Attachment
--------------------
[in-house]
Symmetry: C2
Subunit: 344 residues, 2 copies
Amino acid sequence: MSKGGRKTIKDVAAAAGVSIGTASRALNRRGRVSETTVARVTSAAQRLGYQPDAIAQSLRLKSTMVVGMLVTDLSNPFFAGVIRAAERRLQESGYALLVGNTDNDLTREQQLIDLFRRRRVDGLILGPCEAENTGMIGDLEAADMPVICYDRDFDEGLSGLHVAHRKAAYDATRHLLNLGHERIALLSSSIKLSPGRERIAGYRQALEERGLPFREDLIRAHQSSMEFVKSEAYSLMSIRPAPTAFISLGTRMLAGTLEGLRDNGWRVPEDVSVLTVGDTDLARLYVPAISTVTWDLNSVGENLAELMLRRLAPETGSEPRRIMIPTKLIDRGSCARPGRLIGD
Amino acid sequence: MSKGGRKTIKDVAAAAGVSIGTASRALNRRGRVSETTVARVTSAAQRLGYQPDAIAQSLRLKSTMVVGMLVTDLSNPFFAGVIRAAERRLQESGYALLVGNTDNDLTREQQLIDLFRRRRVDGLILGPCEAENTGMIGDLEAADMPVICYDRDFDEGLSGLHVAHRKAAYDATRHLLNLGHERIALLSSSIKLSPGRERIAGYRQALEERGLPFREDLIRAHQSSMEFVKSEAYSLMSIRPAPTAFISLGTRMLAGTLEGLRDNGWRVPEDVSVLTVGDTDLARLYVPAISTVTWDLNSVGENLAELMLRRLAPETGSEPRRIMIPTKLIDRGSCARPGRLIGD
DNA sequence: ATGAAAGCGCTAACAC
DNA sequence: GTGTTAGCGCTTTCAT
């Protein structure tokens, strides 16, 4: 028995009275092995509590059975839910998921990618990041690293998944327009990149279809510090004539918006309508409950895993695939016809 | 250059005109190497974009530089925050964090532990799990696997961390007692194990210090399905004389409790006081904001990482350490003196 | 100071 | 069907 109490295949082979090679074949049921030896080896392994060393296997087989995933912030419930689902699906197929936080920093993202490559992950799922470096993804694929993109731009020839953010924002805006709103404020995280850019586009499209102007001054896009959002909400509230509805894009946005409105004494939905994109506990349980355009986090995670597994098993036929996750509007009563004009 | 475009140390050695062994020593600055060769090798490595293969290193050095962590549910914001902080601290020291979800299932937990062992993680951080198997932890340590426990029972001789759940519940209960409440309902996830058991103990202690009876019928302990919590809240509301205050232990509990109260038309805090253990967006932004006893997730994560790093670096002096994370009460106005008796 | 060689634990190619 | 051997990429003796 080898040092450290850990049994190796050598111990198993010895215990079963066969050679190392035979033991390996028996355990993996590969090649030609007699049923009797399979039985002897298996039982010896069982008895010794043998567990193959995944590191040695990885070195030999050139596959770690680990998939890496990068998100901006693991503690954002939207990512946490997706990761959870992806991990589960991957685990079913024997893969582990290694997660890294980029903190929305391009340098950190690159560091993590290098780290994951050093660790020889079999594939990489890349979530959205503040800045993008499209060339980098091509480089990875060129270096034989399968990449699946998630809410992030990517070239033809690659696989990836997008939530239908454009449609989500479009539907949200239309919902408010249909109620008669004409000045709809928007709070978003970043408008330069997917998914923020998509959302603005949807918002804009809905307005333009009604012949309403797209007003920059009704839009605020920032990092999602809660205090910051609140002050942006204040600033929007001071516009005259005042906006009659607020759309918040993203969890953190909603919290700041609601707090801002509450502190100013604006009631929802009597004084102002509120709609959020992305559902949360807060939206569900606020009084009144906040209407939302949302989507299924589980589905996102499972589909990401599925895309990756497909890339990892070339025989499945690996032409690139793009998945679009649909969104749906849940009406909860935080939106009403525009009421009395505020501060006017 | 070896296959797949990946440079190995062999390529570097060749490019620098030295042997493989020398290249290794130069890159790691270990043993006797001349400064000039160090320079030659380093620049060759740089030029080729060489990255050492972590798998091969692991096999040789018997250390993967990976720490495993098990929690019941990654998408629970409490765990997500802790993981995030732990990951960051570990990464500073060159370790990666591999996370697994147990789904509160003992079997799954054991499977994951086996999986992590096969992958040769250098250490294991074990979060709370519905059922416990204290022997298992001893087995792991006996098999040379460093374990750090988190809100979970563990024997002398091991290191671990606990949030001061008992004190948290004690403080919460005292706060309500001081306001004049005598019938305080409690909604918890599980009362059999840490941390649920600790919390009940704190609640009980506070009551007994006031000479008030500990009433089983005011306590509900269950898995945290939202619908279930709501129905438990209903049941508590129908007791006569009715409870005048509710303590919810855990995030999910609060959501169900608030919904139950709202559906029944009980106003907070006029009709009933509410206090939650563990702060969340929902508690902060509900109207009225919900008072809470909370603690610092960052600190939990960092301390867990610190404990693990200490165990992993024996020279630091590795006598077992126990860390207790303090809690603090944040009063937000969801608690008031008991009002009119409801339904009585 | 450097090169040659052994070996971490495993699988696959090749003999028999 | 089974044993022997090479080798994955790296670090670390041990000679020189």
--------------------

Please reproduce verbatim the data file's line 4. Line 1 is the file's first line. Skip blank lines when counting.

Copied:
Amino acid sequence: MSKGGRKTIKDVAAAAGVSIGTASRALNRRGRVSETTVARVTSAAQRLGYQPDAIAQSLRLKSTMVVGMLVTDLSNPFFAGVIRAAERRLQESGYALLVGNTDNDLTREQQLIDLFRRRRVDGLILGPCEAENTGMIGDLEAADMPVICYDRDFDEGLSGLHVAHRKAAYDATRHLLNLGHERIALLSSSIKLSPGRERIAGYRQALEERGLPFREDLIRAHQSSMEFVKSEAYSLMSIRPAPTAFISLGTRMLAGTLEGLRDNGWRVPEDVSVLTVGDTDLARLYVPAISTVTWDLNSVGENLAELMLRRLAPETGSEPRRIMIPTKLIDRGSCARPGRLIGD